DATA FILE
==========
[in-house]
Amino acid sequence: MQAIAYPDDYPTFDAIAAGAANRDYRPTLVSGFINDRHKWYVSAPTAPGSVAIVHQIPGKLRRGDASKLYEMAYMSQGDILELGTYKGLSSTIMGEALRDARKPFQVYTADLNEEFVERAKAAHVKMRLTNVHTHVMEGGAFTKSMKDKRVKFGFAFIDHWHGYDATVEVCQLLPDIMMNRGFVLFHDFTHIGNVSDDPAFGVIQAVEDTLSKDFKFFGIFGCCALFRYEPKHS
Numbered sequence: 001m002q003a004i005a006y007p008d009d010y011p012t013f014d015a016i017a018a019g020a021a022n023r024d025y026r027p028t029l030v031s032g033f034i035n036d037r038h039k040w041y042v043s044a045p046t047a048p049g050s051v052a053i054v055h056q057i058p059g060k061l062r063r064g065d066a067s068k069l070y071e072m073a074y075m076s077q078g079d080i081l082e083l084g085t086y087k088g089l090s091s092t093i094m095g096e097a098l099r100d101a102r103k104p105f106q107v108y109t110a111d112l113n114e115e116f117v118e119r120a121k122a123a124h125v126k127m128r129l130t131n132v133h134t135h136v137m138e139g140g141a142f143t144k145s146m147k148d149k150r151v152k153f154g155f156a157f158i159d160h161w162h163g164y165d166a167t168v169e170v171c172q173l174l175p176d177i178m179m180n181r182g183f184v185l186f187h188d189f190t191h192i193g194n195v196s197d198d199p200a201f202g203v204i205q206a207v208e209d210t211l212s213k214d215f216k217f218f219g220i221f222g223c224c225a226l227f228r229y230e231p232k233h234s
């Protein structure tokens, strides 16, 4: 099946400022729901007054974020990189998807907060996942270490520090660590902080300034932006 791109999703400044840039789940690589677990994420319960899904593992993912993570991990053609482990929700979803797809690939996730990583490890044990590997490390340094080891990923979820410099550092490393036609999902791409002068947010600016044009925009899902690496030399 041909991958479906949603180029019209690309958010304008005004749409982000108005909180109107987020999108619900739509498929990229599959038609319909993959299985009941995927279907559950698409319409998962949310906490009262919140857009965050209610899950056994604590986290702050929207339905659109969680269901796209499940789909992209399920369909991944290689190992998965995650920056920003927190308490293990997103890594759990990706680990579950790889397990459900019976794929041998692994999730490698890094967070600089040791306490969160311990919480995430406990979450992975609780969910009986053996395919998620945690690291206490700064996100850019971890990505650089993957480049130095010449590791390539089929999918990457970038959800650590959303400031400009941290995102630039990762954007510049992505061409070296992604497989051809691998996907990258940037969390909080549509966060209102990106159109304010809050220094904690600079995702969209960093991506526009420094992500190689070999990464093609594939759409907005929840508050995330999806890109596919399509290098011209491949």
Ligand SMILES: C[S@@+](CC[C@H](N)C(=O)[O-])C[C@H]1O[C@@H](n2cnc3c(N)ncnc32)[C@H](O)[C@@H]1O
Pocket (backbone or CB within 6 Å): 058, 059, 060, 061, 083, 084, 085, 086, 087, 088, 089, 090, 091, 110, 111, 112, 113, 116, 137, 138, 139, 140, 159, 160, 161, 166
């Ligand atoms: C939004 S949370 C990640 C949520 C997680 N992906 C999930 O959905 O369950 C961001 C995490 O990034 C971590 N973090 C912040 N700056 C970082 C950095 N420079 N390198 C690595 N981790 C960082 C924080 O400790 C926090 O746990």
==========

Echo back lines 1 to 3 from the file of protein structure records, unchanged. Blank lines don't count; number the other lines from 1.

[in-house]
Amino acid sequence: MQAIAYPDDYPTFDAIAAGAANRDYRPTLVSGFINDRHKWYVSAPTAPGSVAIVHQIPGKLRRGDASKLYEMAYMSQGDILELGTYKGLSSTIMGEALRDARKPFQVYTADLNEEFVERAKAAHVKMRLTNVHTHVMEGGAFTKSMKDKRVKFGFAFIDHWHGYDATVEVCQLLPDIMMNRGFVLFHDFTHIGNVSDDPAFGVIQAVEDTLSKDFKFFGIFGCCALFRYEPKHS
Numbered sequence: 001m002q003a004i005a006y007p008d009d010y011p012t013f014d015a016i017a018a019g020a021a022n023r024d025y026r027p028t029l030v031s032g033f034i035n036d037r038h039k040w041y042v043s044a045p046t047a048p049g050s051v052a053i054v055h056q057i058p059g060k061l062r063r064g065d066a067s068k069l070y071e072m073a074y075m076s077q078g079d080i081l082e083l084g085t086y087k088g089l090s091s092t093i094m095g096e097a098l099r100d101a102r103k104p105f106q107v108y109t110a111d112l113n114e115e116f117v118e119r120a121k122a123a124h125v126k127m128r129l130t131n132v133h134t135h136v137m138e139g140g141a142f143t144k145s146m147k148d149k150r151v152k153f154g155f156a157f158i159d160h161w162h163g164y165d166a167t168v169e170v171c172q173l174l175p176d177i178m179m180n181r182g183f184v185l186f187h188d189f190t191h192i193g194n195v196s197d198d199p200a201f202g203v204i205q206a207v208e209d210t211l212s213k214d215f216k217f218f219g220i221f222g223c224c225a226l227f228r229y230e231p232k233h234s